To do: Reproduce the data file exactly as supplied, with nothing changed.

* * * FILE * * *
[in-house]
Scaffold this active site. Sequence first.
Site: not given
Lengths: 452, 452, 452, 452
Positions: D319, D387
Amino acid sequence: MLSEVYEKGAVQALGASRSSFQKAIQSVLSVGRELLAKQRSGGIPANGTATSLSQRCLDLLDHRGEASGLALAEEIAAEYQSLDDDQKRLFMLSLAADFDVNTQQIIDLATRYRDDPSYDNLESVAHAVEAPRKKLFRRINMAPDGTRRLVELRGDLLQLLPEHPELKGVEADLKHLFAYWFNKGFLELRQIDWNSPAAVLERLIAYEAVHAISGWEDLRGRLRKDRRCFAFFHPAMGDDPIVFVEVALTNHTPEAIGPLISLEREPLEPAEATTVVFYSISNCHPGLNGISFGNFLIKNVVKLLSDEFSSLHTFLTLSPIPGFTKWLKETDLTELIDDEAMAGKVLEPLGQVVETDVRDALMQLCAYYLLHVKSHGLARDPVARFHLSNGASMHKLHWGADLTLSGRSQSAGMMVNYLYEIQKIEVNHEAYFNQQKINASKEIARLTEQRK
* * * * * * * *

[in-house]
Scaffold this active site. Sequence first.
Site: not given
Lengths: 452, 452, 452, 452
Positions: D319, D387
Amino acid sequence: MLSEVYEKGAVQALGASRSSFQKAIQSVLSVGRELLAKQRSGGIPANGTATSLSQRCLDLLDHRGEASGLALAEEIAAEYQSLDDDQKRLFMLSLAADFDVNTQQIIDLATRYRDDPSYDNLESVAHAVEAPRKKLFRRINMAPDGTRRLVELRGDLLQLLPEHPELKGVEADLKHLFAYWFNKGFLELRQIDWNSPAAVLERLIAYEAVHAISGWEDLRGRLRKDRRCFAFFHPAMGDDPIVFVEVALTNHTPEAIGPLISLEREPLEPAEATTVVFYSISNCHPGLNGISFGNFLIKNVVKLLSDEFSSLHTFLTLSPIPGFTKWLKETDLTELIDDEAMAGKVLEPLGQVVETDVRDALMQLCAYYLLHVKSHGLARDPVARFHLSNGASMHKLHWGADLTLSGRSQSAGMMVNYLYEIQKIEVNHEAYFNQQKINASKEIARLTEQRK